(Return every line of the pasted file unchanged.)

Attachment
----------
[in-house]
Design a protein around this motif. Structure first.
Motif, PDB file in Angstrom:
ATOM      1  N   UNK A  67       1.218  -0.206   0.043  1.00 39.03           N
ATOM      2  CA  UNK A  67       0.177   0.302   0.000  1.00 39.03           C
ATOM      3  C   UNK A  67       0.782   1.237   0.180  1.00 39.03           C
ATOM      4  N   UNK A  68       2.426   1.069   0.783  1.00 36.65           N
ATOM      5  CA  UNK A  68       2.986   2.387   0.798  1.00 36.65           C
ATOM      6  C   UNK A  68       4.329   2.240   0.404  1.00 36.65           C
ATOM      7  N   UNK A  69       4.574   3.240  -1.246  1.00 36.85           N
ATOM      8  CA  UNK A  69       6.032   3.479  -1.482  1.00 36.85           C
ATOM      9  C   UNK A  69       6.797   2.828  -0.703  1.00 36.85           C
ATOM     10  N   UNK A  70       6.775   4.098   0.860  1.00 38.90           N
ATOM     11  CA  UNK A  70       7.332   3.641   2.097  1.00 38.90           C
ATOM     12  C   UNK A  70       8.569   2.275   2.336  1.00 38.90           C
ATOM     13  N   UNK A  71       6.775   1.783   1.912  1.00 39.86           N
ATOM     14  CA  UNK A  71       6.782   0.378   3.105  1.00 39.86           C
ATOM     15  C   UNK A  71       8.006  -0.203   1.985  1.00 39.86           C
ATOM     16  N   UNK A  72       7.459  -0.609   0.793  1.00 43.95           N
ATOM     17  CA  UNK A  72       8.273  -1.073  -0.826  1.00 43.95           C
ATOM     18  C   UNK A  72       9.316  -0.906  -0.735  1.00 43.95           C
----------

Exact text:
[in-house]
Design a protein around this motif. Structure first.
Motif, PDB file in Angstrom:
ATOM      1  N   UNK A  67       1.218  -0.206   0.043  1.00 39.03           N
ATOM      2  CA  UNK A  67       0.177   0.302   0.000  1.00 39.03           C
ATOM      3  C   UNK A  67       0.782   1.237   0.180  1.00 39.03           C
ATOM      4  N   UNK A  68       2.426   1.069   0.783  1.00 36.65           N
ATOM      5  CA  UNK A  68       2.986   2.387   0.798  1.00 36.65           C
ATOM      6  C   UNK A  68       4.329   2.240   0.404  1.00 36.65           C
ATOM      7  N   UNK A  69       4.574   3.240  -1.246  1.00 36.85           N
ATOM      8  CA  UNK A  69       6.032   3.479  -1.482  1.00 36.85           C
ATOM      9  C   UNK A  69       6.797   2.828  -0.703  1.00 36.85           C
ATOM     10  N   UNK A  70       6.775   4.098   0.860  1.00 38.90           N
ATOM     11  CA  UNK A  70       7.332   3.641   2.097  1.00 38.90           C
ATOM     12  C   UNK A  70       8.569   2.275   2.336  1.00 38.90           C
ATOM     13  N   UNK A  71       6.775   1.783   1.912  1.00 39.86           N
ATOM     14  CA  UNK A  71       6.782   0.378   3.105  1.00 39.86           C
ATOM     15  C   UNK A  71       8.006  -0.203   1.985  1.00 39.86           C
ATOM     16  N   UNK A  72       7.459  -0.609   0.793  1.00 43.95           N
ATOM     17  CA  UNK A  72       8.273  -1.073  -0.826  1.00 43.95           C
ATOM     18  C   UNK A  72       9.316  -0.906  -0.735  1.00 43.95           C